The Celtics need depth at the four but what they can offer is bench minutes, filling Danilo Gallinari‘s role (he is out for the season with a torn ACL) but putting together a trade is next to impossible financially considering who Boston would be willing to give up (not Robert Williams). Dallas could put together a deal if the Suns are interested in Dwight Powell (probably not, the Suns just paid Deandre Ayton a lot of money to be their center) or Reggie Bullock. Memphis could send out the dead money of the Danny Green contract (out for the season due to injury) and picks, or Ziaire Williamson and some minimum players (probably also with picks). Atlanta, Chicago and other destinations have come out in rumors.

As for why Crowder pushed for a trade, the man himself posted his own hype video on Instagram and Tweeted this.

ESPN’s Brian Windhorst reported the most heard speculation around the league as to the reason — the Suns were going to start Cameron Johnson at the four to have more shooting and Crowder wanted none of that — but the reason now is moot. Crowder will get traded.

The only questions are when and where.

Durant, Irving talk about Nets moving on from ‘very awkward’ summer, but drama continues

Brooklyn Nets Media Day
Dustin Satloff/Getty Images

Media Day — arguably the most boring and tedious day on the NBA calendar — was anything but in Brooklyn.

After a summer Kyrie Irving admitted was “very awkward” — where both he and Kevin Durant pushed to be traded, and Durant threw down an ultimatum saying it was him or coach Steve Nash and GM Sean Marks — everyone was back under one roof and trying to stay on message about just wanting to win.

But drama will follow this team like a dark cloud until they force the conversation to be about something else. Like how many games they are winning.

Until then, the awkward questions and moments will come. For example, why did Kevin Durant ask for a trade this summer? What did he want to see changed? He talked about the team feeling unstable last season. Which it was (for a variety of reasons).

“My whole thing was, I wanted everybody to be held accountable for their habits as a basketball player. I think a lot of stuff was getting swept under the rug because we’re injured or this guy’s not around or just the circumstances. I thought we could have fought through that a little bit more and focused on the guys that were here a little bit more.

“You know, when I went out with the injury, we lost 10 in a row. And I’m like, we shouldn’t be losing some of these games that we lost, regardless of who’s on the floor. So I was more so worried about how we’re approaching every day as a basketball team. And I felt like we could have fought through a lot of the stuff that I felt that held us back.”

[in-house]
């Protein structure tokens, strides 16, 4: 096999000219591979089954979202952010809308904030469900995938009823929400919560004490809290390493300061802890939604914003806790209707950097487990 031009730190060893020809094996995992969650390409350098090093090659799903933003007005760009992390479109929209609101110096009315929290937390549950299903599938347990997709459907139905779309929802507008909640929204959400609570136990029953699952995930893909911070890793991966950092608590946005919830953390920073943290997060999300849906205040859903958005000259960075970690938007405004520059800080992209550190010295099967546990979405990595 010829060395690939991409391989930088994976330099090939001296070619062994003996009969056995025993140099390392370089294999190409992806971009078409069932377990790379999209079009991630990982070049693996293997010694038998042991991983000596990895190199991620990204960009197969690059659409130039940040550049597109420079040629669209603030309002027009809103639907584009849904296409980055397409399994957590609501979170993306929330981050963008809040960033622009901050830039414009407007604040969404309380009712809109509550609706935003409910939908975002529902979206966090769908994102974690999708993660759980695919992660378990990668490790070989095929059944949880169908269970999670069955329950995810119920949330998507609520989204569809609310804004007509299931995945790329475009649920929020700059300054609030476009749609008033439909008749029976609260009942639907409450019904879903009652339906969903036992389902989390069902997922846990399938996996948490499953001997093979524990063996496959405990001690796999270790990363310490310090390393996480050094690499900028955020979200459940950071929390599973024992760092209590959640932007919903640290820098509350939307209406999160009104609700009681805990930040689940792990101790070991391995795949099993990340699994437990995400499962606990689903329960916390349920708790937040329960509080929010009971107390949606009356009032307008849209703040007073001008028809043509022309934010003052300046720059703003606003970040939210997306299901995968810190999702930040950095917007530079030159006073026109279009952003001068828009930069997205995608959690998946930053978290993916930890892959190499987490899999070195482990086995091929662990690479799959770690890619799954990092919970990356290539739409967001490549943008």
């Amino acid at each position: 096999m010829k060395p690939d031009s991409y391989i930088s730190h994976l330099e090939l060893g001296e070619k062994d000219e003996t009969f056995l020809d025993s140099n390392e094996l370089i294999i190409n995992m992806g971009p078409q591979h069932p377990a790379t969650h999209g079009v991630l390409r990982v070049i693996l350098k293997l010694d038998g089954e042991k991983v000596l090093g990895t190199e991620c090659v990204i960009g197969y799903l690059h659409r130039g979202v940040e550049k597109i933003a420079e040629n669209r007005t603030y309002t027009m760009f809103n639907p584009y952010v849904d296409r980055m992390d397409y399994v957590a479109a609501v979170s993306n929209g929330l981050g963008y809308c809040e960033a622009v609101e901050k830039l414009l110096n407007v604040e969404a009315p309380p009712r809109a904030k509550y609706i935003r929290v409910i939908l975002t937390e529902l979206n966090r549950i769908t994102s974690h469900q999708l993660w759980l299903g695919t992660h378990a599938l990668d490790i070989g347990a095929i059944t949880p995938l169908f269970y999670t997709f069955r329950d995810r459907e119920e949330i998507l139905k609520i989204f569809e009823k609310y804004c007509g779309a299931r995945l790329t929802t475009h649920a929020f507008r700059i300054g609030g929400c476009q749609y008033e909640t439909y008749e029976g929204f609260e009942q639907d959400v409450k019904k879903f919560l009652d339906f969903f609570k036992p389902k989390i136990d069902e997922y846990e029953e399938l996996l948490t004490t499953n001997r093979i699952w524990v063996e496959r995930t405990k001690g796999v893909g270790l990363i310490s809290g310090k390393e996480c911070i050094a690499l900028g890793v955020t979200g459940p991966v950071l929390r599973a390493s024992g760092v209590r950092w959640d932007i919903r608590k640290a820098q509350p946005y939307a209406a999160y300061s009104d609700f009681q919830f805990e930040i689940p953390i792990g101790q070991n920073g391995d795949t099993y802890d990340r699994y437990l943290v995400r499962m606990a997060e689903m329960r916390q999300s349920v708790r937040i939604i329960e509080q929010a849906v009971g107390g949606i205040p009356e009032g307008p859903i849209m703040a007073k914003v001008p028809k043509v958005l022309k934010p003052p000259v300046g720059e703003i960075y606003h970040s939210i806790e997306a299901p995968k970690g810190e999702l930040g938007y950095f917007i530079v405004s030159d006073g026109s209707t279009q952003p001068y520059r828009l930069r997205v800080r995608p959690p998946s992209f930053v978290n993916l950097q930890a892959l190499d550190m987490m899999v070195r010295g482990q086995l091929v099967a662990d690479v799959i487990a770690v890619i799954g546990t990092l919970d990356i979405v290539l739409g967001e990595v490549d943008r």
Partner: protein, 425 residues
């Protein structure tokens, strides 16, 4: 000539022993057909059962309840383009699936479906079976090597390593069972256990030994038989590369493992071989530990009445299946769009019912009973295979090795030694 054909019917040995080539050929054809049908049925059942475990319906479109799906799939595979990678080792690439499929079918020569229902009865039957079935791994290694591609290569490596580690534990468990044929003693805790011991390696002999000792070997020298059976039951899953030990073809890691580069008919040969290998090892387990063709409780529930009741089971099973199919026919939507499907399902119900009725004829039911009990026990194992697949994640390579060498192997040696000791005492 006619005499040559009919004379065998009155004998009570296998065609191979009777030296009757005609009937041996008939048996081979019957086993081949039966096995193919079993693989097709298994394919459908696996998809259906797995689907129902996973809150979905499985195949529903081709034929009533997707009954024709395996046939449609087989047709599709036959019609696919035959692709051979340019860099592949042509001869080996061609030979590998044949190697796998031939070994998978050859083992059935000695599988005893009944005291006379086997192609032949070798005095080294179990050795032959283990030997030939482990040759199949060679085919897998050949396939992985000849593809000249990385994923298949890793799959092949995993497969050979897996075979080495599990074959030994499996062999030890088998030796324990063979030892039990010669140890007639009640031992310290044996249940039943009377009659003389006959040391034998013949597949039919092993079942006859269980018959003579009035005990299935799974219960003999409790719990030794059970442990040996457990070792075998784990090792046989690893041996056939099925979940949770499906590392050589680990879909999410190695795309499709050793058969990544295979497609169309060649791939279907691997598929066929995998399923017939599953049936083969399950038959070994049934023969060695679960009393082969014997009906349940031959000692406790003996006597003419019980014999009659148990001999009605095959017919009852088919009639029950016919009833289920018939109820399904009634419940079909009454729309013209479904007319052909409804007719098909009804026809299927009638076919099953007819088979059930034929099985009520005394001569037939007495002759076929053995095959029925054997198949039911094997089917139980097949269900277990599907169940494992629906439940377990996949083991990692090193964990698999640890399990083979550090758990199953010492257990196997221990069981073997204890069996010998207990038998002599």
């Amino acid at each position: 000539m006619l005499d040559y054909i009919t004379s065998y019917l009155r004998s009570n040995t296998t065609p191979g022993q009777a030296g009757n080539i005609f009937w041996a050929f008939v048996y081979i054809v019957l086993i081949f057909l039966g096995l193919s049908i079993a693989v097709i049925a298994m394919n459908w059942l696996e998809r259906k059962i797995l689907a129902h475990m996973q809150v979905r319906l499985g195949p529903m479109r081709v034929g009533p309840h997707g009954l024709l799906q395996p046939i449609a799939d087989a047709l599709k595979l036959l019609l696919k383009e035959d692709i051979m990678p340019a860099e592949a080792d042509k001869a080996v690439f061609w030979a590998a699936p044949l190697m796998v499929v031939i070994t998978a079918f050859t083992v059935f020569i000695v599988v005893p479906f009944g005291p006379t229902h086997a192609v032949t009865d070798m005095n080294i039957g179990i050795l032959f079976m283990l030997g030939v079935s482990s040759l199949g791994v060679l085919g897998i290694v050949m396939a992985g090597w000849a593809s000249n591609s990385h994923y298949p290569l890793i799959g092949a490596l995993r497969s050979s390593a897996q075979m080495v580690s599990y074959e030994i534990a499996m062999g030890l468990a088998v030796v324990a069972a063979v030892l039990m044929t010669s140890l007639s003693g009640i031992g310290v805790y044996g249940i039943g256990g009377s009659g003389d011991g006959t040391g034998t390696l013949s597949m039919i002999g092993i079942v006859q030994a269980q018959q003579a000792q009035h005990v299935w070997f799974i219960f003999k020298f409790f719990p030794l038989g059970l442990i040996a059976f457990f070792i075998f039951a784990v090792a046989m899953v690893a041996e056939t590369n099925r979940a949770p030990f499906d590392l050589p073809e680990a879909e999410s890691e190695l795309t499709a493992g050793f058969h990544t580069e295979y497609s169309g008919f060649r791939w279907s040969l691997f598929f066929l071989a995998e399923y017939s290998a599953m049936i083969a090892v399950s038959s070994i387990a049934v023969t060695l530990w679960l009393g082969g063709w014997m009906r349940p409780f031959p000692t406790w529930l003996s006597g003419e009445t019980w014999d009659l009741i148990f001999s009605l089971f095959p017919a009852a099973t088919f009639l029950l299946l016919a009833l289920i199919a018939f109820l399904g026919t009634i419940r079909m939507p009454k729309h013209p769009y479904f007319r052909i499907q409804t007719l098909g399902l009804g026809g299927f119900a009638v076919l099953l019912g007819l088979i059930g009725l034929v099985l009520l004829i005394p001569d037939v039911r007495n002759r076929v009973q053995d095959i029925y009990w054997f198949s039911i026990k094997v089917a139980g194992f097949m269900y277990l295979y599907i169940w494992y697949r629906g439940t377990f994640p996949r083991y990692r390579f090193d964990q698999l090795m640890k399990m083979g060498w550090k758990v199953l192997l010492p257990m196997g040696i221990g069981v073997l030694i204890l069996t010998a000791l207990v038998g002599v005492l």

Those are the best, drama-free answers he could give. But Durant still loves to stir the pot on Twitter and did so later in the day.

(That was the question asked boiled way down, but both the question and Durant’s answer had a lot more context, it was not a confrontational answer in the moment.)

Kyrie Irving said there were options for him this summer, although limited ones, because he is unvaccinated. He also talked about the reasons he wanted to return to the Nets.

Marks handled the inevitable “your star wanted you fired” questions as well as he could, saying at one point “that’s pro sports.”

“Everybody’s entitled to their opinions and I think from us, it’s not to hold a grudge against what Kevin said, but it’s a little bit of saying, ‘All right, if that’s the way he feels, what’s going on here?’ Like, what do we need to change?” Marks said.

In the end, everyone talked about moving on and the potential for this roster. Durant is not disappointed to be back.

“I wasn’t disappointed. I still love to play. I knew that wasn’t going to get affected regardless of what happened this summer,” Durant said.

The Nets have the talent on the roster to be title contenders, but have more questions than any other team at that level after the past couple of years: Can Durant stay healthy? Will Irving be focused and committed for an entire season? How does Ben Simmons fit in and what is his role? Can their thin frontcourt hold up? Will they play enough defense? Is Steve Nash up to the task? Does this team have the will and drive to be contenders?

Playing through the drama is the only way to answer all those questions, but if they do this team could be a powerhouse.

PBT Podcast: Golden State Warriors season preview

2022 NBA Finals - Golden State Warriors v Boston Celtics
Joe Murphy/NBAE via Getty Images

The Golden State Warriors will enter the season hanging banner number four from this era and passing out their championship rings, but this is a team with more questions than most returning champs.

Otto Porter and Gary Payton II are gone and their minutes will go to a young core — Jordan Poole, Moses Moody, Jonathan Kuminga, James Wiseman — who are going to be asked to carry a larger load. Particularly during the regular season.

Dalton Johnson of NBC Sports Bay Area joins Kurt Helin of NBC Sports to break down this coming Warriors season, what to expect, and if the young core can get the older vets to the playoffs rested and ready to defend their title. There’s also talk of what comes next in Golden State, as some hard contract choices are coming in the next few years.